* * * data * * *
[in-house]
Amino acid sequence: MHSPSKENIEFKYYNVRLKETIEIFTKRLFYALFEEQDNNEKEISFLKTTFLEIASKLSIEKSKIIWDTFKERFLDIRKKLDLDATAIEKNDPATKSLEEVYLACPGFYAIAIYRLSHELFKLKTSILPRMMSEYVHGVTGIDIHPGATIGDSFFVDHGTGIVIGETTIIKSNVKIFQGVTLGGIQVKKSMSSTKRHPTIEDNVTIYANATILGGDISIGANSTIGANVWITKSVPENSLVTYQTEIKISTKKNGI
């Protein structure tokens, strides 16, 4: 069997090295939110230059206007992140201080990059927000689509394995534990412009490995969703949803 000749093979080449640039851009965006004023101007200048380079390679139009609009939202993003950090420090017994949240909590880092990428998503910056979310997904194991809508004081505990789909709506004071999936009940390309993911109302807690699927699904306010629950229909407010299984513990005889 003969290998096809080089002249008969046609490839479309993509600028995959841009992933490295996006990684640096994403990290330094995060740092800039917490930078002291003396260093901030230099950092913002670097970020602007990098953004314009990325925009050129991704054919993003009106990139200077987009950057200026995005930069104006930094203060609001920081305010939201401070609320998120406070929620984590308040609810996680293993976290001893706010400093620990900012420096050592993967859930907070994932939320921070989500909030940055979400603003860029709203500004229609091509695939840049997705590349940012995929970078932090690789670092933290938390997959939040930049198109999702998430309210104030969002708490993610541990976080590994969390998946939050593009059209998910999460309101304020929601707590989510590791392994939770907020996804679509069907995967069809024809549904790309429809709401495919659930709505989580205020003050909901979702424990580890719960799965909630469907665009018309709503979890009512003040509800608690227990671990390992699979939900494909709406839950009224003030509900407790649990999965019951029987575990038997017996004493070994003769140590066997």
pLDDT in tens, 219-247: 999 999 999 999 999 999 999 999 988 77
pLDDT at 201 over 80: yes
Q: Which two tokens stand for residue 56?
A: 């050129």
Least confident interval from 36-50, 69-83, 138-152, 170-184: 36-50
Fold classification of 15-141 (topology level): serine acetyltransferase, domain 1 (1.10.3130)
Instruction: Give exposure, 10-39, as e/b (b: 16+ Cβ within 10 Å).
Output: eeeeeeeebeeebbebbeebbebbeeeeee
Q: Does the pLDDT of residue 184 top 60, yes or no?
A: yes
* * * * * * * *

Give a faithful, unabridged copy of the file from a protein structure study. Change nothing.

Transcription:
[in-house]
Amino acid sequence: MHSPSKENIEFKYYNVRLKETIEIFTKRLFYALFEEQDNNEKEISFLKTTFLEIASKLSIEKSKIIWDTFKERFLDIRKKLDLDATAIEKNDPATKSLEEVYLACPGFYAIAIYRLSHELFKLKTSILPRMMSEYVHGVTGIDIHPGATIGDSFFVDHGTGIVIGETTIIKSNVKIFQGVTLGGIQVKKSMSSTKRHPTIEDNVTIYANATILGGDISIGANSTIGANVWITKSVPENSLVTYQTEIKISTKKNGI
């Protein structure tokens, strides 16, 4: 069997090295939110230059206007992140201080990059927000689509394995534990412009490995969703949803 000749093979080449640039851009965006004023101007200048380079390679139009609009939202993003950090420090017994949240909590880092990428998503910056979310997904194991809508004081505990789909709506004071999936009940390309993911109302807690699927699904306010629950229909407010299984513990005889 003969290998096809080089002249008969046609490839479309993509600028995959841009992933490295996006990684640096994403990290330094995060740092800039917490930078002291003396260093901030230099950092913002670097970020602007990098953004314009990325925009050129991704054919993003009106990139200077987009950057200026995005930069104006930094203060609001920081305010939201401070609320998120406070929620984590308040609810996680293993976290001893706010400093620990900012420096050592993967859930907070994932939320921070989500909030940055979400603003860029709203500004229609091509695939840049997705590349940012995929970078932090690789670092933290938390997959939040930049198109999702998430309210104030969002708490993610541990976080590994969390998946939050593009059209998910999460309101304020929601707590989510590791392994939770907020996804679509069907995967069809024809549904790309429809709401495919659930709505989580205020003050909901979702424990580890719960799965909630469907665009018309709503979890009512003040509800608690227990671990390992699979939900494909709406839950009224003030509900407790649990999965019951029987575990038997017996004493070994003769140590066997």
pLDDT in tens, 219-247: 999 999 999 999 999 999 999 999 988 77
pLDDT at 201 over 80: yes
Q: Which two tokens stand for residue 56?
A: 């050129």
Least confident interval from 36-50, 69-83, 138-152, 170-184: 36-50
Fold classification of 15-141 (topology level): serine acetyltransferase, domain 1 (1.10.3130)
Instruction: Give exposure, 10-39, as e/b (b: 16+ Cβ within 10 Å).
Output: eeeeeeeebeeebbebbeebbebbeeeeee
Q: Does the pLDDT of residue 184 top 60, yes or no?
A: yes